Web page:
That takes just a few minutes to review, usually I am sitting there next to Satori to be sure she understands it all. Then we whip out the Student Workbook. Again, there is just two pages. The first page has practice problems that cover the day’s lesson.

The second page is a review. You can see here the diagramming exercises do not include lines like FLL, but we are okay with that.

So now you have an idea of what it might be to use First Language Lessons or Growing With Grammar Level 3 (grade 3-ish). My goal was not to say one is better than the other, but to let you decide what might work better for your family. Since we love language arts, we do both – Growing with Grammar on M/W/F and First Language Lessons on Tu/Th. I think they both cover grammar in different but complementary ways. First Language Lessons explores grammar and language arts more in-depth, in the classical style, and includes poem memorization (see previous blog post). Growing with Grammar is independent, more to the-point and got us up to speed on grammar very quickly when we needed it last fall. It has more writing and practice in the early years, which is what we enjoyed. We just love both programs. 🙂

First Language Lessons Level 3 starts off Poem Memorization with the poem “The Land of Nod” by Robert Louis Stevenson. Satori loves to memorize poems and here she is reciting the poem for her blog.


A year ago the WTM forums were buzzing everyday with discussions about the Michael Clay Thompson Language Arts curriculum. I took one look, noticed it was for gifted third-graders or normal fourth-graders and ignored all the posts. A year later, after my daughter acquired the equivalence of 3rd/4th grade language arts, I noticed that some people were using them with their advanced six year olds. So I thought we’d give it a try.  The Level 1 Elementary – consist of Grammar Island (grammar), Building Language (Vocabulary), Music Hemispheres (Poetry), Sentence Island (Writing) and Practice Island (Practice). This post will cover the only book we’ve worked in so far – Grammar Island.

It’s an expensive program, especially if you purchase the MCT Level 1 Island Complete Package ($190), which consists of the student book and teacher manual for all the books.

  • Grammar Island student book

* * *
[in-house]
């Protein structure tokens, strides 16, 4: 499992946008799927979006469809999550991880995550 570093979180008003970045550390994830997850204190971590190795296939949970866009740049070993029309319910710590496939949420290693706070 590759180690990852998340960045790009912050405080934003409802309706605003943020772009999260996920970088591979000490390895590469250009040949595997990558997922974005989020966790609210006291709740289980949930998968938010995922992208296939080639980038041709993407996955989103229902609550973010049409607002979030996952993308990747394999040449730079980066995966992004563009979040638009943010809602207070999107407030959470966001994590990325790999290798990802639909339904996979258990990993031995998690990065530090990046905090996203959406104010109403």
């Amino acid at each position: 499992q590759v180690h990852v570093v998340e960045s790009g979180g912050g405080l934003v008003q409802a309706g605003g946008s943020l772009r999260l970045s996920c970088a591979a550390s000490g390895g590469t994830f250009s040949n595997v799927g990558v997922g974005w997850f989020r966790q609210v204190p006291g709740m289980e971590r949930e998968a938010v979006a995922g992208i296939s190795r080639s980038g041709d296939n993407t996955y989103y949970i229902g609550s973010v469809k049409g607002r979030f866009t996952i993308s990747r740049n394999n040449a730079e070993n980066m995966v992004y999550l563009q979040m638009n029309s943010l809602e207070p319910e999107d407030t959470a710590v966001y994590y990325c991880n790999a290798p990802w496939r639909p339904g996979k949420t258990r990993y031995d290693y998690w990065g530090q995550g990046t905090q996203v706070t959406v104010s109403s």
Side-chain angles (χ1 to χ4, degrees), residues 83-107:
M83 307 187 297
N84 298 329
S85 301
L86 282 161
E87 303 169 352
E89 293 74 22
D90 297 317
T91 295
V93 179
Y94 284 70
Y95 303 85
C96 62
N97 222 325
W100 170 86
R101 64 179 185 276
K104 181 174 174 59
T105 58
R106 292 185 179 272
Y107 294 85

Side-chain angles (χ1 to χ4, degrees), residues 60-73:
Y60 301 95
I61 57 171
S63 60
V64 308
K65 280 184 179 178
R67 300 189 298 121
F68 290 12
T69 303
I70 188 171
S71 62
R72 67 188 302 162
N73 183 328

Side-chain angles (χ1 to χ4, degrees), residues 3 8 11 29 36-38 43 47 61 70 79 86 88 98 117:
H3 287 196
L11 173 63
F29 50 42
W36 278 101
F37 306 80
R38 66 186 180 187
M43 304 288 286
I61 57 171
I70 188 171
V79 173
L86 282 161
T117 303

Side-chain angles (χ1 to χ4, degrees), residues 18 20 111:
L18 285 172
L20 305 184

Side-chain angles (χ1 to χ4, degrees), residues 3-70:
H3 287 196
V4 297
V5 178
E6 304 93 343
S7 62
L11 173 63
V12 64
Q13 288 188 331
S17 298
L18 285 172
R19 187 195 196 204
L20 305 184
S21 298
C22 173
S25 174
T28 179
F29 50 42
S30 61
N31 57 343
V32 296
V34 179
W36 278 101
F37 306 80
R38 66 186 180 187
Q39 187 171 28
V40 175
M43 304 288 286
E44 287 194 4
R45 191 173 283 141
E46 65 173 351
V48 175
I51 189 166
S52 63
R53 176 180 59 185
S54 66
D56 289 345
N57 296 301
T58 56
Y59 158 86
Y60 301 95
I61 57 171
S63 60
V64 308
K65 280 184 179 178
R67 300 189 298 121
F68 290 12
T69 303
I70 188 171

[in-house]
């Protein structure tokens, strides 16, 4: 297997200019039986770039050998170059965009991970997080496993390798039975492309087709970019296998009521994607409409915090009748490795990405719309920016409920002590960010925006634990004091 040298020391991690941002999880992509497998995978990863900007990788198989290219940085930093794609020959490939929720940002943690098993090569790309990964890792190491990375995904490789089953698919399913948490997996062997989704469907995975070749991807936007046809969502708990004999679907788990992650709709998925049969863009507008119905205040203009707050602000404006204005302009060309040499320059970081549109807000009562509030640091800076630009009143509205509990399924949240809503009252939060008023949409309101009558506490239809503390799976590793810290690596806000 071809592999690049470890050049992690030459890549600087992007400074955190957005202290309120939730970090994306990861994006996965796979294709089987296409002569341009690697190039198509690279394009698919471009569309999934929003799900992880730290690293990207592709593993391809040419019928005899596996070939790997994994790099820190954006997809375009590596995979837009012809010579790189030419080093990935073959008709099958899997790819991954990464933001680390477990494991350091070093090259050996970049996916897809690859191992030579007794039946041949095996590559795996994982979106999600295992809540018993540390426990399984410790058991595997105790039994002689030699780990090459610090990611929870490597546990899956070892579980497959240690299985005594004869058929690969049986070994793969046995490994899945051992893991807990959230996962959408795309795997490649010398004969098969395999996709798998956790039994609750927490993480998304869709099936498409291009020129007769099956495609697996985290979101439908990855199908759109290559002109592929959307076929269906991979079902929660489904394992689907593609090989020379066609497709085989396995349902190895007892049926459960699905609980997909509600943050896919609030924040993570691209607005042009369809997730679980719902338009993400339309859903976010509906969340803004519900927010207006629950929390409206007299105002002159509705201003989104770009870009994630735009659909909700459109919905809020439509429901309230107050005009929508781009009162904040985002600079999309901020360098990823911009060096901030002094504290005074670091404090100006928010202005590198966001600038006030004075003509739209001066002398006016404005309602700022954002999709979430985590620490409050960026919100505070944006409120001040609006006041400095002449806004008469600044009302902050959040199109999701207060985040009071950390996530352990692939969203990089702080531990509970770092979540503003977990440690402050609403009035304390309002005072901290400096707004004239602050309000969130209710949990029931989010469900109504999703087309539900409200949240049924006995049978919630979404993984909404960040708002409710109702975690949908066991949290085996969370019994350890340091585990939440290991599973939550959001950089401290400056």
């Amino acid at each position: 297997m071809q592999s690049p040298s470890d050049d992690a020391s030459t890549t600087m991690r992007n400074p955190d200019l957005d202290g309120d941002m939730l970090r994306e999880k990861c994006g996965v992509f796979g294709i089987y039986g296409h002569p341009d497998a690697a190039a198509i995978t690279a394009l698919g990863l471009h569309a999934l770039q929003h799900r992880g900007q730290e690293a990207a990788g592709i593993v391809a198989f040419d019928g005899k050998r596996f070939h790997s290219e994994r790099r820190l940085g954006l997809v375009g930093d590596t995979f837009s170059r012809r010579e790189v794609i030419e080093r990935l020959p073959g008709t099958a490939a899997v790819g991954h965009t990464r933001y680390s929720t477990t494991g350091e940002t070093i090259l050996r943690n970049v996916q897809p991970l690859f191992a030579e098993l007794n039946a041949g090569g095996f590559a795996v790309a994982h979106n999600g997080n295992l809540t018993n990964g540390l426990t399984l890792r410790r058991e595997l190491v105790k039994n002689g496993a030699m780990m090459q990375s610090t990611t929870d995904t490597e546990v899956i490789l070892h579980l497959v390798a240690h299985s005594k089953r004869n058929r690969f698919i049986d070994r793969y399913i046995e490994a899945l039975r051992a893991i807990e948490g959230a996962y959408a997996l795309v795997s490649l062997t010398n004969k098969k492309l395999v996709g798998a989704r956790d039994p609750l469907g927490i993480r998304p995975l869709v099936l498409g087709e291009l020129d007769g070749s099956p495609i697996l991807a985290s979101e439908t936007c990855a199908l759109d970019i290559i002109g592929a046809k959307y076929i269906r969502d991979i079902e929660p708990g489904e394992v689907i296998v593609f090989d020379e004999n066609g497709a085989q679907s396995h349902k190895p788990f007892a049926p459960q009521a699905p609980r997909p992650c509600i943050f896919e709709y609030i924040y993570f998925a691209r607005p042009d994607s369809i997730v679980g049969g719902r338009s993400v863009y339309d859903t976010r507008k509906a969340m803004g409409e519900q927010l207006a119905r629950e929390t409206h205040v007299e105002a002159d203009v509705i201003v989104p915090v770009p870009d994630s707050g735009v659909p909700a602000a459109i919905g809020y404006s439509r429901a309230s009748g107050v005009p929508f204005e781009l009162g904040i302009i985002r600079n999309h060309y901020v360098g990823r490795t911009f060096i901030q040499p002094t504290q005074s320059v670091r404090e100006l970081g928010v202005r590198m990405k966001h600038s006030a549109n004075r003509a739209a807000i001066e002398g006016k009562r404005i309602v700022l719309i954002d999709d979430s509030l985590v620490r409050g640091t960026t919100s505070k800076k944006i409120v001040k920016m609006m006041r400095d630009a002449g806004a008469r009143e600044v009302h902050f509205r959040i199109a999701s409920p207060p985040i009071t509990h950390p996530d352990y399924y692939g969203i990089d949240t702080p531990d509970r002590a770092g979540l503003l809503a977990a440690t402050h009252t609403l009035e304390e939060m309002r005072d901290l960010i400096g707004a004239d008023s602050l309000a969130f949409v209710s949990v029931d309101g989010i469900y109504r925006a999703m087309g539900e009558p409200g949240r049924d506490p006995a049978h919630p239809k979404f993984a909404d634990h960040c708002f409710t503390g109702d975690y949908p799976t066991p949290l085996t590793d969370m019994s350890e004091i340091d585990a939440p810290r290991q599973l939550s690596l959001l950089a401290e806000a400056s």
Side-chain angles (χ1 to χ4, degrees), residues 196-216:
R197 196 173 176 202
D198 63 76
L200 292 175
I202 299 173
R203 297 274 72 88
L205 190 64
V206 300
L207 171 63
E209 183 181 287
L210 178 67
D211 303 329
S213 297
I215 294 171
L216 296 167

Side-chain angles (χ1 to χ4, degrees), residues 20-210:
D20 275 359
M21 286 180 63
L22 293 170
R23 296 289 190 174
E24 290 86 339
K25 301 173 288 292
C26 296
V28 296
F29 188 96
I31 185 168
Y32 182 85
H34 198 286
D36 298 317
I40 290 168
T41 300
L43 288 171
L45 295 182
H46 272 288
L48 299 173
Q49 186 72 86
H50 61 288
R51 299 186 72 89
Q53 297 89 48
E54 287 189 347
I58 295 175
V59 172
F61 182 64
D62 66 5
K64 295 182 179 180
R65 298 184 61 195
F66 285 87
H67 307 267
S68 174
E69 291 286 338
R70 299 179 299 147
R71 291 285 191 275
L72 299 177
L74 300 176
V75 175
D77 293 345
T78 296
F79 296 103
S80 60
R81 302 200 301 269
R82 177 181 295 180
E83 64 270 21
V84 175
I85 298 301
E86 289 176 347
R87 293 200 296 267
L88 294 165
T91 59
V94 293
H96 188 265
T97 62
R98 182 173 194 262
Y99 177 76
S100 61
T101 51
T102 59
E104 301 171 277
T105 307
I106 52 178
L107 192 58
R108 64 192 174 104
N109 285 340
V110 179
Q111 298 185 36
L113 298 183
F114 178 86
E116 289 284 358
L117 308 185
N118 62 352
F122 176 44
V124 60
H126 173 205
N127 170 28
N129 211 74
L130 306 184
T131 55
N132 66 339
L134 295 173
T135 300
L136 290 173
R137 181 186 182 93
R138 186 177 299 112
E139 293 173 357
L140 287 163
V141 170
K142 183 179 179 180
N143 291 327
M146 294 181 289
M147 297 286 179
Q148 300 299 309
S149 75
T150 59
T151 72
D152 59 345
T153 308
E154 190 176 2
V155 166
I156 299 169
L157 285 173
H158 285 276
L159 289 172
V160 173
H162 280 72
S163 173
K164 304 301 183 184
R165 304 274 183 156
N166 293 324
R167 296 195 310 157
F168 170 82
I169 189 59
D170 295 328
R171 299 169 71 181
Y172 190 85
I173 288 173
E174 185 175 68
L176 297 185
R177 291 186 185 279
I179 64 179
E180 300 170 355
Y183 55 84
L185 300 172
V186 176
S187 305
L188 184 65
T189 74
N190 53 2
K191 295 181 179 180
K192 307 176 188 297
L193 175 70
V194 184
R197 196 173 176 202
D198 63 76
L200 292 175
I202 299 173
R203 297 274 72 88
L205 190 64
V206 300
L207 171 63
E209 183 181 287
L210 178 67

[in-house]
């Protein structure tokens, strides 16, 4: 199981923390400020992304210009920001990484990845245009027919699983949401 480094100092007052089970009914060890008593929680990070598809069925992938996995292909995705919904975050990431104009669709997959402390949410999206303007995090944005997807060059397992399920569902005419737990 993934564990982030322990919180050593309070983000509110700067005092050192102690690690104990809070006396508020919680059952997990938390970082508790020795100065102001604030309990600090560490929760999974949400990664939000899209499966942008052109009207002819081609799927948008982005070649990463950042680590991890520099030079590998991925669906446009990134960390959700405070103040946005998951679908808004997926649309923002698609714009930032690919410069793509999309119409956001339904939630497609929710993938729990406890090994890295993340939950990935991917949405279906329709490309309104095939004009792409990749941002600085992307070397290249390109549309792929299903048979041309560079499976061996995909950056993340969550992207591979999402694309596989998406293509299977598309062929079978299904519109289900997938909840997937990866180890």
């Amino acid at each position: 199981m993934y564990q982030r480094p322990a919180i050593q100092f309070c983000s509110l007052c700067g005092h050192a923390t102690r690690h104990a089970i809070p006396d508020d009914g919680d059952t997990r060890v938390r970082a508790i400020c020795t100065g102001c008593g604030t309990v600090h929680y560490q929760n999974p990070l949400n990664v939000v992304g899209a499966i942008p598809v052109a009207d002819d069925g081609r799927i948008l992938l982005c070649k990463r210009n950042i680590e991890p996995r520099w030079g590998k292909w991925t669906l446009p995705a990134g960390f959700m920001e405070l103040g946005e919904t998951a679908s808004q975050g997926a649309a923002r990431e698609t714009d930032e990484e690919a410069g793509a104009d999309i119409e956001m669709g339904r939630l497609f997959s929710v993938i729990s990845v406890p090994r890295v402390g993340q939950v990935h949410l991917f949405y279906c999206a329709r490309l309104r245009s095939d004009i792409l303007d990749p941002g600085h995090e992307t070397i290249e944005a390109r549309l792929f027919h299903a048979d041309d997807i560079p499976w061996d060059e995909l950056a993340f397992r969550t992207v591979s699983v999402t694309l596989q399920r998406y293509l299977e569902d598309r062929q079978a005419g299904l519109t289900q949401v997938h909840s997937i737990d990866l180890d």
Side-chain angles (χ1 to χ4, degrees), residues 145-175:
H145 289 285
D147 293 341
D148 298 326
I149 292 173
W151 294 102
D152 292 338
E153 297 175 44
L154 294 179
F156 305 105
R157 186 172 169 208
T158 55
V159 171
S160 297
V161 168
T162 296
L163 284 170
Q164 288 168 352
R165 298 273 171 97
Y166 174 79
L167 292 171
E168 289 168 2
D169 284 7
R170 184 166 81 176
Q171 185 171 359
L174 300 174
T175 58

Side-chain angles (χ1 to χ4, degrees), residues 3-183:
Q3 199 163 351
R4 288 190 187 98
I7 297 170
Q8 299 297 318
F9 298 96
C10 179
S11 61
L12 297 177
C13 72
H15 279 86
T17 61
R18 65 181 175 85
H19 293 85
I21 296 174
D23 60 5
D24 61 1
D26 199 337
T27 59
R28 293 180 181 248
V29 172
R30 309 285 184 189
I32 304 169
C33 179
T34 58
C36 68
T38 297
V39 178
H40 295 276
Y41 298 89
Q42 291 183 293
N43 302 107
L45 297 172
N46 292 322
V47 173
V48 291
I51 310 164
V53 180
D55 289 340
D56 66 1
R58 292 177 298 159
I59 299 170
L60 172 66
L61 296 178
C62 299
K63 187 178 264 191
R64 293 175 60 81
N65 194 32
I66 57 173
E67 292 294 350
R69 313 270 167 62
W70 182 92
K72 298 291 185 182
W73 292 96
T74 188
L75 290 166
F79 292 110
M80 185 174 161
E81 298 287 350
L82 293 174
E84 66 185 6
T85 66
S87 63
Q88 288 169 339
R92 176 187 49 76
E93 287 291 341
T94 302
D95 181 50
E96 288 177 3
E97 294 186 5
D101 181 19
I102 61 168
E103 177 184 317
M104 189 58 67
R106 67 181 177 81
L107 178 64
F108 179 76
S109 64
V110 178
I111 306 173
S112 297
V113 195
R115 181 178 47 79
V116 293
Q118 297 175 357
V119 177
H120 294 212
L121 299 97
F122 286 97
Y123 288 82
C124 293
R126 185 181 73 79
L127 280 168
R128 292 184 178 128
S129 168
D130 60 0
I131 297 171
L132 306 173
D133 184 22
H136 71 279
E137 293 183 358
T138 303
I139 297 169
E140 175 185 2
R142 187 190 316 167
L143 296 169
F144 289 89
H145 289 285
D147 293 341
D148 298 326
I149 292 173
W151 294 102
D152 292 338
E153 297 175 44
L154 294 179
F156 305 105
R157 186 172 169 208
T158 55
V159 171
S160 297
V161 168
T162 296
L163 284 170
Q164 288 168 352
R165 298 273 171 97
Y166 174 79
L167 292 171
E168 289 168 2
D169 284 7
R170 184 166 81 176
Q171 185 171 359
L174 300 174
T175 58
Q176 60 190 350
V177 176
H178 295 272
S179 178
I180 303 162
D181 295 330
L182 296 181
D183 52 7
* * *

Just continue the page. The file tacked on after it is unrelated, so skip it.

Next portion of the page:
• Grammar Island teacher manual
  • Building Language student book
  • Building Language teacher manual
  • Music of the Hemispheres student book
  • Music of the Hemispheres teacher manual
  • Sentence Island student book
  • Sentence Island teacher manual
  • Practice Island student book
  • Practice Island teacher manual

They also offer a Basic Homeschool Package for ($150) that offers only the teacher manuals, except where you absolutely need a student book. Some families just buy one or the other and are happy with that option. I’ll start off showing the differences in the Grammar Island book so you can see for yourself.

Here is the Grammar Island student and teacher books laid out side by side for comparison. The Student book is on top. The Teacher’s Manual is exactly the same, but has a few colored boxes of discussion notes to raise Socratic questions to discuss with the child. It will also have the answers if there is any work to be done. The color of our books were not matched up, the words that were red in our TE were orange in our Student book.

Here’s a closer look at a Teacher’s Page, here there are two extra notes for the teacher. You can also get a good idea how simple they present the concepts.

The book is divided into four parts. The end of the book will have the child doing a 4-part analysis on the sentence, including all four parts.

  1. The Parts of Speech
  2. The Parts of the Sentence
  3. Phrases
  4. Clauses

We are just finishing up the biggest section, The Parts of Speech, in which we learn the eight kinds of words (noun, pronoun, adjective, verb, adverb, preposition, conjunction, interjection). They often color the more important words, such as nouns in blue, verbs are red, and pronouns aqua. This section then has the child doing the first level analysis, in which they label each word with the proper abbreviation (n., pron., adj., v., adv., prep., interj. and conj.) The sentences below were after we learned the first five parts of speech.